Brexit: Opportunity or Distraction for the EU?
Theresa May’s speech from the Home Office on the 17th of January put an end to 6 months of uncertainty as to the broad course that Great Britain will adopt following Brexit. Nicknamed “Theresa May-be” by some, the British Prime Minister (PM) backed up her “Brexit means Brexit” comment from last June with a 12-point plan for Great Britain’s future. Seemingly confronted with a choice between two alternatives—a “soft Brexit”, meaning a Norway-style deal in which Great Britain pays for access to the Single European Market, and a “hard Brexit”, or a complete breaking off of ties with the European Union (EU)—May picked the latter. This opposition between a soft and hard Brexit has been integral to a narrative that seeks to describe Great Britain as being at crossroads and oversimplifies a complex and murky situation. Regardless of which path she takes, however, Brexit will undoubtedly herald a shift in E.U. politics, and it remains to be seen how the power vacuum left by the United Kingdom will be filled.
May’s stance remains largely inconsistent, with the path ahead for the United Kingdom (UK) still out of focus. In her speech, PM May reaffirmed her commitment to shaping a post-Brexit “global Britain,” in stark opposition to the important anti-globalisation dimension of the Leave vote. This global Britain will be constructed on bilateral trade deals, with the USA for example. The UK will also negotiate a new trade deal with the EU as soon as Brexit talks end, and seek to renegotiate over thirty EU free trade agreements. These Brexit talks will automatically end two years after Article 50 of the Treaty on EU, which will properly begin Brexit, is triggered, although May hopes to receive approval from Parliament to begin in March. Article 50’s two-year time limit has been described as a “cliff edge,” as the UK will be struck out from the EU at that point, no matter the progress of talks.
Nevertheless, May claimed to be confident that a fair deal could be reached, as it is in the UK’s and the EU27’s interest. For the EU to go for a punitive deal, as a deterrent against other member-states exiting, would be “an act of calamitous self-harm,” May warned. Dispelling doubts as to her views of the EU, May insisted that the UK would benefit from a strong EU and prosperous European Integration. However, she stated that “no deal for Britain is better than a bad deal”, an attempt at a veiled threat that reads more as a defensive bluff .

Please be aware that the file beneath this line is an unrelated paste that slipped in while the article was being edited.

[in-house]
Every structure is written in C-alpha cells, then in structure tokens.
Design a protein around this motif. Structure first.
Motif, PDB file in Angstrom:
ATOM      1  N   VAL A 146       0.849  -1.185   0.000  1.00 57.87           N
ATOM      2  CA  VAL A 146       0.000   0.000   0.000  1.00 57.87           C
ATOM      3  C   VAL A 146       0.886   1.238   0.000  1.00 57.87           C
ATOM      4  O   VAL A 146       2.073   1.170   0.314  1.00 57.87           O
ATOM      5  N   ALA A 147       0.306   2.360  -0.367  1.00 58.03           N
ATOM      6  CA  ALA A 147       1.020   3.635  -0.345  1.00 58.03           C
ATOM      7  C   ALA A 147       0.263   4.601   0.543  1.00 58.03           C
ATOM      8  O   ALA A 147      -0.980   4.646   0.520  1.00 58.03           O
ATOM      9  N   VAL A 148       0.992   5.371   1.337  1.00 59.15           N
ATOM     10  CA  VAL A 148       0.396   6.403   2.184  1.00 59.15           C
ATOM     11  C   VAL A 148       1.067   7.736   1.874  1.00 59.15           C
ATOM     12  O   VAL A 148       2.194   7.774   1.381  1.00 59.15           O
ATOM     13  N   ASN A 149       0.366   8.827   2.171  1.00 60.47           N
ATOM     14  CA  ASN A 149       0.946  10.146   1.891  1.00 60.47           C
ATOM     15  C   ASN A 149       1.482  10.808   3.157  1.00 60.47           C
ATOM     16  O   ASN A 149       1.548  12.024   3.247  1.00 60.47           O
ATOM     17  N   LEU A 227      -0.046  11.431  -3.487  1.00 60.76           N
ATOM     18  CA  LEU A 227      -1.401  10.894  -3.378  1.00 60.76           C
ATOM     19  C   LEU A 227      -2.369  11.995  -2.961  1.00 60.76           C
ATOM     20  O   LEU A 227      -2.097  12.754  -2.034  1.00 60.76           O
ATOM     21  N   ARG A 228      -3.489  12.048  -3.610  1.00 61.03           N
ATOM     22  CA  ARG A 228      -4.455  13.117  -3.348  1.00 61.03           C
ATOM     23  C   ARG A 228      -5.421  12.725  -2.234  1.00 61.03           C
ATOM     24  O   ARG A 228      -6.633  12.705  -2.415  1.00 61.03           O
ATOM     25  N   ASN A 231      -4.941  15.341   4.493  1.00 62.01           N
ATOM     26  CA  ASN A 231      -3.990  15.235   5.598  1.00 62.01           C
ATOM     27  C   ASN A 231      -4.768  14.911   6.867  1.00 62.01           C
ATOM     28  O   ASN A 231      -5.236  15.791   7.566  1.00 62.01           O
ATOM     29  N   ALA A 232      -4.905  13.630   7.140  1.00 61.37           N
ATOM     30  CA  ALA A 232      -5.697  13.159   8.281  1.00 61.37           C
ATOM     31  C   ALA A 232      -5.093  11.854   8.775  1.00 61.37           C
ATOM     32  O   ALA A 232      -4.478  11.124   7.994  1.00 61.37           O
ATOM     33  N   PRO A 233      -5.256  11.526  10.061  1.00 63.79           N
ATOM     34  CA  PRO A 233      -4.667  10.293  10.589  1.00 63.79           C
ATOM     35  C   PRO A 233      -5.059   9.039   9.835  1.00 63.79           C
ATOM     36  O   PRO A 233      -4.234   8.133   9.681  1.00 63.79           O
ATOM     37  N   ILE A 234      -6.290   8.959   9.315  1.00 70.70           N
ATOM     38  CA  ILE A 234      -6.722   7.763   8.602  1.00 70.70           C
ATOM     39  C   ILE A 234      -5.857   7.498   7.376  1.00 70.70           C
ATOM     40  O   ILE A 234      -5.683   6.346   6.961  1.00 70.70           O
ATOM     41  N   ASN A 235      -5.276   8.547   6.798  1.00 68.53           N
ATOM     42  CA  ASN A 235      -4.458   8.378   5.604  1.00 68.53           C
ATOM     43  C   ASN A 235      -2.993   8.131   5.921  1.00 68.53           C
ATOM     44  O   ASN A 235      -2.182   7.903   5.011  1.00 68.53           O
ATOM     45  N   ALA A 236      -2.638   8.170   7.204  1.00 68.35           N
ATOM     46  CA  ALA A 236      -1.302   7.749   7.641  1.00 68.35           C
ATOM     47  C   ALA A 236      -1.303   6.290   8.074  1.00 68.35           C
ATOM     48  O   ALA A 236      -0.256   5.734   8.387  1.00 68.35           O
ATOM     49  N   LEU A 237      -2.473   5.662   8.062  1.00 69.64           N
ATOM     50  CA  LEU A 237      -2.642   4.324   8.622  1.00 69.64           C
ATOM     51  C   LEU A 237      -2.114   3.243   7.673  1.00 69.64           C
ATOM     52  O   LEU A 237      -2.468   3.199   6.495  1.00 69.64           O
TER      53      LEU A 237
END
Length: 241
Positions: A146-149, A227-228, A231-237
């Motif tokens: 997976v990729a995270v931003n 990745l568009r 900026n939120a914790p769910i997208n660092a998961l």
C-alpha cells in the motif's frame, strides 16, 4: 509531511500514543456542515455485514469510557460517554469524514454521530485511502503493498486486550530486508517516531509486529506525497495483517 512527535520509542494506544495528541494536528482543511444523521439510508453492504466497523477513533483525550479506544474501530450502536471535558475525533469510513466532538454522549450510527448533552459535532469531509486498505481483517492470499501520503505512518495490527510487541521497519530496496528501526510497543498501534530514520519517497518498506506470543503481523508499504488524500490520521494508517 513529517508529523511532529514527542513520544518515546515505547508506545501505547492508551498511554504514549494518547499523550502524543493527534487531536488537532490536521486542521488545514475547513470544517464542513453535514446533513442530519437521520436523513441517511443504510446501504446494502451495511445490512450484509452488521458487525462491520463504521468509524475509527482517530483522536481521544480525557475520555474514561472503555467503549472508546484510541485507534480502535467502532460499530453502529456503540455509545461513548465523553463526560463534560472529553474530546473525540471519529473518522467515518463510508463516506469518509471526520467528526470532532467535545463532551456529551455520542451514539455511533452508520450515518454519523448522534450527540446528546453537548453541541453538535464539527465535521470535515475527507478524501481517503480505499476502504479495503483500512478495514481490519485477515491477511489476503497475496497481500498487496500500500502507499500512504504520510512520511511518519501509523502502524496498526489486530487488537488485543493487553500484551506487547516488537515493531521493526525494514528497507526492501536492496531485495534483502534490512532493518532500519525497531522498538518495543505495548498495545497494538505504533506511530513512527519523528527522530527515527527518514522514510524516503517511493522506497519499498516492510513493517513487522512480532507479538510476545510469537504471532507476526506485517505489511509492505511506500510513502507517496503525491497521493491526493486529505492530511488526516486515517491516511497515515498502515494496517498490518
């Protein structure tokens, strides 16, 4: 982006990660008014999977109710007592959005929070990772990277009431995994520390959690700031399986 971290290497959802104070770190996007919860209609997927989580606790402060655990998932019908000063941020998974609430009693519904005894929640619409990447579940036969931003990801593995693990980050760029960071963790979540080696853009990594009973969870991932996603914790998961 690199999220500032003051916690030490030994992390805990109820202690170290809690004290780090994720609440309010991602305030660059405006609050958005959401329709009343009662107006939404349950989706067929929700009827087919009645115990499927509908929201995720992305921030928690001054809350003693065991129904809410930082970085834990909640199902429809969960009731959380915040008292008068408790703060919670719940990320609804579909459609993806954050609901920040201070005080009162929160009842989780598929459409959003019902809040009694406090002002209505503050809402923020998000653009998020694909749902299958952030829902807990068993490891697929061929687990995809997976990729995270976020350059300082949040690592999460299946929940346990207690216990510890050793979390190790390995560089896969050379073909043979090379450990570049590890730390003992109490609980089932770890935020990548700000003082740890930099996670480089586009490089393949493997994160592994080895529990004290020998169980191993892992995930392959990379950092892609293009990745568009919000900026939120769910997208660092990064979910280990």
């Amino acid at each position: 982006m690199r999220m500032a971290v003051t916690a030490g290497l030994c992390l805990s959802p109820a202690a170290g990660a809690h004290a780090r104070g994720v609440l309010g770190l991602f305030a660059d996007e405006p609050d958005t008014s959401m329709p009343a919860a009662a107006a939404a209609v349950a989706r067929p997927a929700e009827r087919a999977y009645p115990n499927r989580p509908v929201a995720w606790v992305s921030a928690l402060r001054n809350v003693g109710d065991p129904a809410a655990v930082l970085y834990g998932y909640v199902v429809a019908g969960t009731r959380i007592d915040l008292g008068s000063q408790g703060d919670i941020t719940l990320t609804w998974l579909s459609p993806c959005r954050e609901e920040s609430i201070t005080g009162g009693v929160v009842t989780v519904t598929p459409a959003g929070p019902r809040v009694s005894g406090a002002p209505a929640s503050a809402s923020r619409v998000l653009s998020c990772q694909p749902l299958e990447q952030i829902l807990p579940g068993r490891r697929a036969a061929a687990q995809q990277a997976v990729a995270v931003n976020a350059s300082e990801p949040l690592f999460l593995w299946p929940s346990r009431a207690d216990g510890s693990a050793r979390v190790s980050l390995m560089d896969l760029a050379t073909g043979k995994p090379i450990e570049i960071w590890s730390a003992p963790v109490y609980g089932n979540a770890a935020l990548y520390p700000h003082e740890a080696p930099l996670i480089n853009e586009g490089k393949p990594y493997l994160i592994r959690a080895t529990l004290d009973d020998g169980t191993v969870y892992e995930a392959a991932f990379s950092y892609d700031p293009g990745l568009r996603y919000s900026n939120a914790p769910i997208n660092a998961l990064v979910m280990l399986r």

May’s threat to the EU, as relayed by her Chancellor of the Exchequer Philip Hammond, is to transform the UK in a Singapore-style economy, which Jeremy Corbyn, leader of the opposition, described as a “low-tax, corporate taxation, bargain basement economy on the offshores of Europe”. This “Plan B” is meant to show how serious the UK is about getting a fair deal, though it can also be interpreted as a demonstration of helplessness. If implemented, it would likely alienate anti-globalisation Brexit voters and anger green-conscious voters, as the UK could also slash environmental protection regulations. It would politically hurt May more than it would the EU, since it is in direct contradiction to the protectionist overtones of the Brexit vote.
May’s speech was welcomed by EU27 members, but did not sway EU officials from their strict stance regarding the start of talks. Belgian Member of European Parliament and the European Parliament’s chief Brexit negotiator Guy Verhofstadt said that “May’s clarity is welcome, but the days of UK cherry-picking and Europe à la carte are over.” Michel Barnier, the French chief Brexit negotiator for the European Commission, added in a tweet that he was “Ready as soon as UK is. Only notification can kick off negotiations”. In another tweet he reiterated the order of talks to come: “Agreement on orderly exit is prerequisite for future partnership. My priority is the right deal for EU27.” That intransigence must come as no surprise to May, as EU officials took a ‘hardline’ position from the get-go.